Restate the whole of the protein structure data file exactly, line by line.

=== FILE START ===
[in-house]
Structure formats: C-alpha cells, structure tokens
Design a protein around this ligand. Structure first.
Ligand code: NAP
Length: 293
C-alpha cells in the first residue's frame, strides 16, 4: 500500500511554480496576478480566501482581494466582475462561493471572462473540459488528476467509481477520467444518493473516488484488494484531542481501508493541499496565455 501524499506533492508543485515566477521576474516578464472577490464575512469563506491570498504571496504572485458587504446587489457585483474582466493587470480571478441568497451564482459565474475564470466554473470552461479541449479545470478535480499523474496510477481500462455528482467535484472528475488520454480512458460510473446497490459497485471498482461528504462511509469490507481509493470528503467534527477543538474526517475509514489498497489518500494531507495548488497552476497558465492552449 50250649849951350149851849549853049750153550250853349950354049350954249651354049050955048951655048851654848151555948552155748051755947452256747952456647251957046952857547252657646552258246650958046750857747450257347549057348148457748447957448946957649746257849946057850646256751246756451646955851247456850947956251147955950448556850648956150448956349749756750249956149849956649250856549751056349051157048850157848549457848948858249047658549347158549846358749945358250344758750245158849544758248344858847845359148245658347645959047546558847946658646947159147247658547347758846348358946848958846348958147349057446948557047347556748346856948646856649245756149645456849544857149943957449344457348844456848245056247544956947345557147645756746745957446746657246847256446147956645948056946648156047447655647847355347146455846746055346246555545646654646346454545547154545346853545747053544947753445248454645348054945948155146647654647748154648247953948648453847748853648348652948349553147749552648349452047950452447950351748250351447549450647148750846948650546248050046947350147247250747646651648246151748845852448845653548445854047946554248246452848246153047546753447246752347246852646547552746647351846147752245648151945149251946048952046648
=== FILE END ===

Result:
[in-house]
Structure formats: C-alpha cells, structure tokens
Design a protein around this ligand. Structure first.
Ligand code: NAP
Length: 293
C-alpha cells in the first residue's frame, strides 16, 4: 500500500511554480496576478480566501482581494466582475462561493471572462473540459488528476467509481477520467444518493473516488484488494484531542481501508493541499496565455 501524499506533492508543485515566477521576474516578464472577490464575512469563506491570498504571496504572485458587504446587489457585483474582466493587470480571478441568497451564482459565474475564470466554473470552461479541449479545470478535480499523474496510477481500462455528482467535484472528475488520454480512458460510473446497490459497485471498482461528504462511509469490507481509493470528503467534527477543538474526517475509514489498497489518500494531507495548488497552476497558465492552449 50250649849951350149851849549853049750153550250853349950354049350954249651354049050955048951655048851654848151555948552155748051755947452256747952456647251957046952857547252657646552258246650958046750857747450257347549057348148457748447957448946957649746257849946057850646256751246756451646955851247456850947956251147955950448556850648956150448956349749756750249956149849956649250856549751056349051157048850157848549457848948858249047658549347158549846358749945358250344758750245158849544758248344858847845359148245658347645959047546558847946658646947159147247658547347758846348358946848958846348958147349057446948557047347556748346856948646856649245756149645456849544857149943957449344457348844456848245056247544956947345557147645756746745957446746657246847256446147956645948056946648156047447655647847355347146455846746055346246555545646654646346454545547154545346853545747053544947753445248454645348054945948155146647654647748154648247953948648453847748853648348652948349553147749552648349452047950452447950351748250351447549450647148750846948650546248050046947350147247250747646651648246151748845852448845653548445854047946554248246452848246153047546753447246752347246852646547552746647351846147752245648151945149251946048952046648